Procopio v. Wilkie at the CAVC – November 23, 2016
The Court agreed with VA, concluding that because the Board reasonably found that he was not directly exposed to Agent Orange and reasonably found that his prostate cancer and diabetes mellitus were not otherwise linked to his active military service, a denial of service connection was warranted. Mr. Procopio appealed his case to the next superior court: The United States Court of Appeals for the Federal Circuit (Federal Circuit).
Procopio at the Federal Circuit: Oral Argument – May 4, 2018
On May 4, 2018, oral argument was held before the Federal Circuit in which both a representative for Mr. Procopio and a representative for VA spoke before a panel of judges.
House Committee on Veterans’ Affairs (HVAC) Passed the Blue Water Navy Vietnam Veterans Act of 2017 – May 7, 2018
In the midst of the Procopio case, Representative Phil Roe, Chairman of HVAC, introduced new legislation to expand access to VA disability benefits under VA’s Agent Orange presumption to Blue Water Navy veterans. The Blue Water Navy Act will allow this group of veterans to claim service connection for Agent Orange-related conditions under VA’s regulation of presumption for Agent Orange exposure. On May 7, 2017, the Act passed with full bipartisan support and 329 cosponsors. It then proceeded to the full House of Representatives.
Procopio at the Federal Circuit: Order for Supplemental Briefing – May 21, 2018
On May 21, 2018, the Federal Circuit issued an order for supplemental briefing, asking the two parties to answer the following question: “What is the impact of the pro-claimant canon on step one of the Chevron analysis in this case, assuming that Haas v. Peake did not consider its impact?”. Here, Chevron sets forth a two-step framework for interpreting a statute, like 38 USC § 1116 in this case. The parties were required to file a response by June 4, 2018, limited to fifteen pages.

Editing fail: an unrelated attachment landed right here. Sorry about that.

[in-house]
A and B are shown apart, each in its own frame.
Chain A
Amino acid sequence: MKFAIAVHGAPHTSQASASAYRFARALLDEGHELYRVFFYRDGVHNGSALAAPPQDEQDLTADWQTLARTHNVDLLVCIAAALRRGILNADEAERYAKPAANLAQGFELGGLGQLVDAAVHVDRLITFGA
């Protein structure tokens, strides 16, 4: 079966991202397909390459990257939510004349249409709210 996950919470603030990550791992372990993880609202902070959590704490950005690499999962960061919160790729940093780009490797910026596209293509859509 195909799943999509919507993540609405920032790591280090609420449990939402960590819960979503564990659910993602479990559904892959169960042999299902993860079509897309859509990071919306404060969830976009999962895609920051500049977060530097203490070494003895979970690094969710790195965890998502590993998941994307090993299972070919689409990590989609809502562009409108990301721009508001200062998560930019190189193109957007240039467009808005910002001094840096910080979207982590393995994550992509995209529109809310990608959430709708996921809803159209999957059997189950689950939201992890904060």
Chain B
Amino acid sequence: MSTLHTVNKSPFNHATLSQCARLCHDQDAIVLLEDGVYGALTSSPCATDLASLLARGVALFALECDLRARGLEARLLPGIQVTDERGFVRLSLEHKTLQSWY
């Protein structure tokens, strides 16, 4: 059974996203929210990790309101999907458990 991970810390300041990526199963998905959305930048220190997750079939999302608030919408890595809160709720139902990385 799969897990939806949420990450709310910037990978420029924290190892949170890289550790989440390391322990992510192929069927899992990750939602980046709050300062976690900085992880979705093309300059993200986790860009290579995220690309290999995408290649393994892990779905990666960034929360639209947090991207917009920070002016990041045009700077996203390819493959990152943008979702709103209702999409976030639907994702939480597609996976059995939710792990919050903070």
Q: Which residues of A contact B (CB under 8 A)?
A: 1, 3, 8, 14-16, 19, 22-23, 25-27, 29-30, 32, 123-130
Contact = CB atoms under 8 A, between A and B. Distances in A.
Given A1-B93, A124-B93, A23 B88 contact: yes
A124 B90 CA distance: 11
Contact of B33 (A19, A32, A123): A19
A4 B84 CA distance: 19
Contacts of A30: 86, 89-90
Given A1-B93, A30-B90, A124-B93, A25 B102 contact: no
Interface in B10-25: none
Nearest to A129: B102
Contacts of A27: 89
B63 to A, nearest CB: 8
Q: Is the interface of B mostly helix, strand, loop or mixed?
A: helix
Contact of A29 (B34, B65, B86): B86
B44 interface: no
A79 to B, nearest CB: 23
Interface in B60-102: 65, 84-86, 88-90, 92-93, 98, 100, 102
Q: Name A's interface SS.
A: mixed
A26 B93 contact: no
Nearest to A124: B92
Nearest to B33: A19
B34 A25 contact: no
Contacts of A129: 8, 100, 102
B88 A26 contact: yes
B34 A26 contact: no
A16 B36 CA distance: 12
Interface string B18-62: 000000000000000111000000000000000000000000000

Blue Water Navy Act passed by the House of Representatives – June 25, 2018
The Blue Water Navy Act was passed unanimously by the House of Representatives.
Senate Veterans Affairs Committee Hearing on Blue Water Navy Act – August 2, 2018
On August 2, 2018, the Senate Veterans Affairs Committee held a hearing regarding the Blue Water Navy Act. VA expressed its opposition to the bill, stating that there is still a lack of credible scientific evidence to support that Blue Water Navy veterans were exposed to herbicides during their service at sea. The bill remains stalled in the Senate.
Procopio at the Federal Circuit: Order to Hear the Matter En Banc – August 16, 2018
On August 16, 2018, the Federal Circuit decided that it could not apply the pro-claimant canon construction at step one of Chevron and allow Haas to be overturned without going en banc. Therefore, it issued an order to hear the matter before all judges of the court and then make its decision.
Procopio at the Federal Circuit: En Banc Oral Argument – December 7, 2018
The en banc oral argument took place on December 7, 2018 at the Federal Circuit in Washington, D.C.
Federal Circuit Issues Decision in Procopio – January 29, 2019
On January 29, 2019, the Federal Circuit issued a decision in Procopio, favoring Blue Water Navy veterans. In its decision, the Federal Circuit overruled Haas v. Peake, which previously excluded Blue Water Navy veterans from the presumption of exposure to herbicides during the Vietnam War. Specifically, the Federal Circuit found that “Republic of Vietnam” includes both the country’s landmass and its territorial seas in which Blue Water Navy veterans served. As a result, thousands of Blue Water Navy veterans who will now be afforded the same presumption of exposure to herbicides as veterans who served “boots on the ground” in Vietnam. VA has 90 days to appeal the Federal Circuit’s decision to the United States Supreme Court. If this decision stands, VA will have to abide by it and begin the process of implementation.